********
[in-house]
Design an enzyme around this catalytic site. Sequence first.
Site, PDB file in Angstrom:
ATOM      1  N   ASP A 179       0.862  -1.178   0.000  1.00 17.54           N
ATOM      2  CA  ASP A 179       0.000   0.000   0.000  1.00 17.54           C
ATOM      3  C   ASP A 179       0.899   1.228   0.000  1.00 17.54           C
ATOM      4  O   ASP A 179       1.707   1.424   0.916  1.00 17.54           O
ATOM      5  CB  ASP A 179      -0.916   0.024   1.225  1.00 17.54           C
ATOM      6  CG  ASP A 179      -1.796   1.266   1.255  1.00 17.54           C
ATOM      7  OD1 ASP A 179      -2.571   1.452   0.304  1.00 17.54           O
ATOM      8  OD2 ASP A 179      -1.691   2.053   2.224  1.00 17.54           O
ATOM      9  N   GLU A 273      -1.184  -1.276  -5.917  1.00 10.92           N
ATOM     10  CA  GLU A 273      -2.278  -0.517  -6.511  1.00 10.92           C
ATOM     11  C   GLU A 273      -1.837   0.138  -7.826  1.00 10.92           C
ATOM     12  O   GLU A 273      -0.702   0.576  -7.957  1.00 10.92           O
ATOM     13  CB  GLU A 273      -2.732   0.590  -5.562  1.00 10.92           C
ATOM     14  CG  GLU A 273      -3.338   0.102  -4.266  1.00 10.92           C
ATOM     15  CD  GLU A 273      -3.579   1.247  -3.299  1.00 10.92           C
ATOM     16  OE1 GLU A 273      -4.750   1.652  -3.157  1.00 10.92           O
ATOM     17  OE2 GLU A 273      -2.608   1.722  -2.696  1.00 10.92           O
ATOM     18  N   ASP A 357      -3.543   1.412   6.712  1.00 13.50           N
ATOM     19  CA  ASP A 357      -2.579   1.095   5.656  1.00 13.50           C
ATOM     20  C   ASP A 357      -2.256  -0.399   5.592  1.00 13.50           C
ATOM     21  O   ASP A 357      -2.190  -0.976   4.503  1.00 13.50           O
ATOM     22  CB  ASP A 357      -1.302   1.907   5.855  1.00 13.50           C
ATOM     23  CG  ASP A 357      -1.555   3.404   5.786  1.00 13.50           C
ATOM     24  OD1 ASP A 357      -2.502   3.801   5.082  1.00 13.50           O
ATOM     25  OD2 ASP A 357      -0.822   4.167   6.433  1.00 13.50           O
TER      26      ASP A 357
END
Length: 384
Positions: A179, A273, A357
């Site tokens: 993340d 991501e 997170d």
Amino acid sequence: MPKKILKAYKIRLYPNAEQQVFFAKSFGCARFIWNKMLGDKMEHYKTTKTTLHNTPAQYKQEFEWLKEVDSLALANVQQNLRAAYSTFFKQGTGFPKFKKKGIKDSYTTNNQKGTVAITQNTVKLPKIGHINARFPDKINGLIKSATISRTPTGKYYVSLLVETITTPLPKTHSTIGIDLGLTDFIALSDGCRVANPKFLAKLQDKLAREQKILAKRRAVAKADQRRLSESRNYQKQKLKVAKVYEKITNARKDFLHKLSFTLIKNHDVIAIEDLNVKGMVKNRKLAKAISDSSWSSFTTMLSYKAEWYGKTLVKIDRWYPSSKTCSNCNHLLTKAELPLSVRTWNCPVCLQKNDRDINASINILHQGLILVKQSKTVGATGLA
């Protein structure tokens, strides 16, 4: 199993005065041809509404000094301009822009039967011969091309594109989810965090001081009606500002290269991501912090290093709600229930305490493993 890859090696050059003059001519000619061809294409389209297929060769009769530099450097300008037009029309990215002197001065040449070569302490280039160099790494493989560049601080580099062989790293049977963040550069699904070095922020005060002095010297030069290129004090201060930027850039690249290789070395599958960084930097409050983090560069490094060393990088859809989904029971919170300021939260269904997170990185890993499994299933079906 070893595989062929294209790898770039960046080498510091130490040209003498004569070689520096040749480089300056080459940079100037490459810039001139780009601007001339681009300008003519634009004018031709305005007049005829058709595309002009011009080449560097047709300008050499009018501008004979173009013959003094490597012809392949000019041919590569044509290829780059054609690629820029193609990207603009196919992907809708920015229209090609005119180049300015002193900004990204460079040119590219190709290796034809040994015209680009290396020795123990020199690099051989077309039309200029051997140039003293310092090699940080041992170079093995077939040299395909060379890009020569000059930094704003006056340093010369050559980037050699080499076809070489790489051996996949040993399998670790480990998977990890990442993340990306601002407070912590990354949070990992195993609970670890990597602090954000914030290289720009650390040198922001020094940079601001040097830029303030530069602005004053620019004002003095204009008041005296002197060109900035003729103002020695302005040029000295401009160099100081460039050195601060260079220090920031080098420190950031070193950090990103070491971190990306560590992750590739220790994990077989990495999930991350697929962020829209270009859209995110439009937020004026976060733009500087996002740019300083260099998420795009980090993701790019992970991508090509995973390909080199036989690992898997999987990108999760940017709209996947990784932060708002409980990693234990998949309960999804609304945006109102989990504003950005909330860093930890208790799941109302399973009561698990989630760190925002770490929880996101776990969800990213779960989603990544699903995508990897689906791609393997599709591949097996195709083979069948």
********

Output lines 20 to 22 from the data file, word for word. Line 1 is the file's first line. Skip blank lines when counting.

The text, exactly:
ATOM     17  OE2 GLU A 273      -2.608   1.722  -2.696  1.00 10.92           O
ATOM     18  N   ASP A 357      -3.543   1.412   6.712  1.00 13.50           N
ATOM     19  CA  ASP A 357      -2.579   1.095   5.656  1.00 13.50           C